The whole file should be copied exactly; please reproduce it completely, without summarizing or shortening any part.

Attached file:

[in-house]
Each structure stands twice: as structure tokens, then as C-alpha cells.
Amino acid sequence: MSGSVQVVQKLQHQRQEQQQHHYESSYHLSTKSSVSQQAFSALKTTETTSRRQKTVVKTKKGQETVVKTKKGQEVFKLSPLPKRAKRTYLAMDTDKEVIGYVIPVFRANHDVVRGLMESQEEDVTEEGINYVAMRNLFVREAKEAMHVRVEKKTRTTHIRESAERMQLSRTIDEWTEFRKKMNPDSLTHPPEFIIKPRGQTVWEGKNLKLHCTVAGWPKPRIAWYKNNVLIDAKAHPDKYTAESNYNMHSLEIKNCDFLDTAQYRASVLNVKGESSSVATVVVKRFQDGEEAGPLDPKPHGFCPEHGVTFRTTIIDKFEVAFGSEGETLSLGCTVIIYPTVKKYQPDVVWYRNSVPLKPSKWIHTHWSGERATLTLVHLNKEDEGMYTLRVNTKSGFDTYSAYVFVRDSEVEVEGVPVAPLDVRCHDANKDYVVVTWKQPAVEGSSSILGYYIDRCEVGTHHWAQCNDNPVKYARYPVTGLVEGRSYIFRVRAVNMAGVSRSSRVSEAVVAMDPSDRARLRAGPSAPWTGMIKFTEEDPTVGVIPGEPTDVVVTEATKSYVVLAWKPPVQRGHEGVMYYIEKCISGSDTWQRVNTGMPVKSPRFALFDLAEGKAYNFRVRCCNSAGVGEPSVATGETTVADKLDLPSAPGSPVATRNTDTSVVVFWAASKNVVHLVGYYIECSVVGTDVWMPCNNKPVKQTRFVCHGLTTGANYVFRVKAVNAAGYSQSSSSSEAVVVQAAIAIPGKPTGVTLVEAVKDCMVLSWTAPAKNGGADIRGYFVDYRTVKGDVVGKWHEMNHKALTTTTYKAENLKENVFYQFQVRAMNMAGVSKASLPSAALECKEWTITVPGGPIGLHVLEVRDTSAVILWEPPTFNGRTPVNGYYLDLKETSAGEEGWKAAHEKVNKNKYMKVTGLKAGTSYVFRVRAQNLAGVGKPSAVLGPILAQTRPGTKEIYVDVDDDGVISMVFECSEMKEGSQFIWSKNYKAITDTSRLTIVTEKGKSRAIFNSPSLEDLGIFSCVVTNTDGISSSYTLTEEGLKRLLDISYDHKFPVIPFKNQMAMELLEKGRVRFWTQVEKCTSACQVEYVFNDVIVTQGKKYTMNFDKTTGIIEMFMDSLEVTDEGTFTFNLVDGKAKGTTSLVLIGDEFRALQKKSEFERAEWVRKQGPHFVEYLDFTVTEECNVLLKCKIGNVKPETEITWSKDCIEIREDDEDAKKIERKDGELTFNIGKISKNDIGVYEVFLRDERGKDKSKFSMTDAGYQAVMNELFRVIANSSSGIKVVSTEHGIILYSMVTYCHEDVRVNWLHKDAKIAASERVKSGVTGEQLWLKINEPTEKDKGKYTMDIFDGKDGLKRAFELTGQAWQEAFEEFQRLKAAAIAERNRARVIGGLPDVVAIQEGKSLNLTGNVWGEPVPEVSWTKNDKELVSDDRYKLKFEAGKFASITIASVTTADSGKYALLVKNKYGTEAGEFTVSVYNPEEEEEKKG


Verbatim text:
[in-house]
Each structure stands twice: as structure tokens, then as C-alpha cells.
Amino acid sequence: MSGSVQVVQKLQHQRQEQQQHHYESSYHLSTKSSVSQQAFSALKTTETTSRRQKTVVKTKKGQETVVKTKKGQEVFKLSPLPKRAKRTYLAMDTDKEVIGYVIPVFRANHDVVRGLMESQEEDVTEEGINYVAMRNLFVREAKEAMHVRVEKKTRTTHIRESAERMQLSRTIDEWTEFRKKMNPDSLTHPPEFIIKPRGQTVWEGKNLKLHCTVAGWPKPRIAWYKNNVLIDAKAHPDKYTAESNYNMHSLEIKNCDFLDTAQYRASVLNVKGESSSVATVVVKRFQDGEEAGPLDPKPHGFCPEHGVTFRTTIIDKFEVAFGSEGETLSLGCTVIIYPTVKKYQPDVVWYRNSVPLKPSKWIHTHWSGERATLTLVHLNKEDEGMYTLRVNTKSGFDTYSAYVFVRDSEVEVEGVPVAPLDVRCHDANKDYVVVTWKQPAVEGSSSILGYYIDRCEVGTHHWAQCNDNPVKYARYPVTGLVEGRSYIFRVRAVNMAGVSRSSRVSEAVVAMDPSDRARLRAGPSAPWTGMIKFTEEDPTVGVIPGEPTDVVVTEATKSYVVLAWKPPVQRGHEGVMYYIEKCISGSDTWQRVNTGMPVKSPRFALFDLAEGKAYNFRVRCCNSAGVGEPSVATGETTVADKLDLPSAPGSPVATRNTDTSVVVFWAASKNVVHLVGYYIECSVVGTDVWMPCNNKPVKQTRFVCHGLTTGANYVFRVKAVNAAGYSQSSSSSEAVVVQAAIAIPGKPTGVTLVEAVKDCMVLSWTAPAKNGGADIRGYFVDYRTVKGDVVGKWHEMNHKALTTTTYKAENLKENVFYQFQVRAMNMAGVSKASLPSAALECKEWTITVPGGPIGLHVLEVRDTSAVILWEPPTFNGRTPVNGYYLDLKETSAGEEGWKAAHEKVNKNKYMKVTGLKAGTSYVFRVRAQNLAGVGKPSAVLGPILAQTRPGTKEIYVDVDDDGVISMVFECSEMKEGSQFIWSKNYKAITDTSRLTIVTEKGKSRAIFNSPSLEDLGIFSCVVTNTDGISSSYTLTEEGLKRLLDISYDHKFPVIPFKNQMAMELLEKGRVRFWTQVEKCTSACQVEYVFNDVIVTQGKKYTMNFDKTTGIIEMFMDSLEVTDEGTFTFNLVDGKAKGTTSLVLIGDEFRALQKKSEFERAEWVRKQGPHFVEYLDFTVTEECNVLLKCKIGNVKPETEITWSKDCIEIREDDEDAKKIERKDGELTFNIGKISKNDIGVYEVFLRDERGKDKSKFSMTDAGYQAVMNELFRVIANSSSGIKVVSTEHGIILYSMVTYCHEDVRVNWLHKDAKIAASERVKSGVTGEQLWLKINEPTEKDKGKYTMDIFDGKDGLKRAFELTGQAWQEAFEEFQRLKAAAIAERNRARVIGGLPDVVAIQEGKSLNLTGNVWGEPVPEVSWTKNDKELVSDDRYKLKFEAGKFASITIASVTTADSGKYALLVKNKYGTEAGEFTVSVYNPEEEEEKKG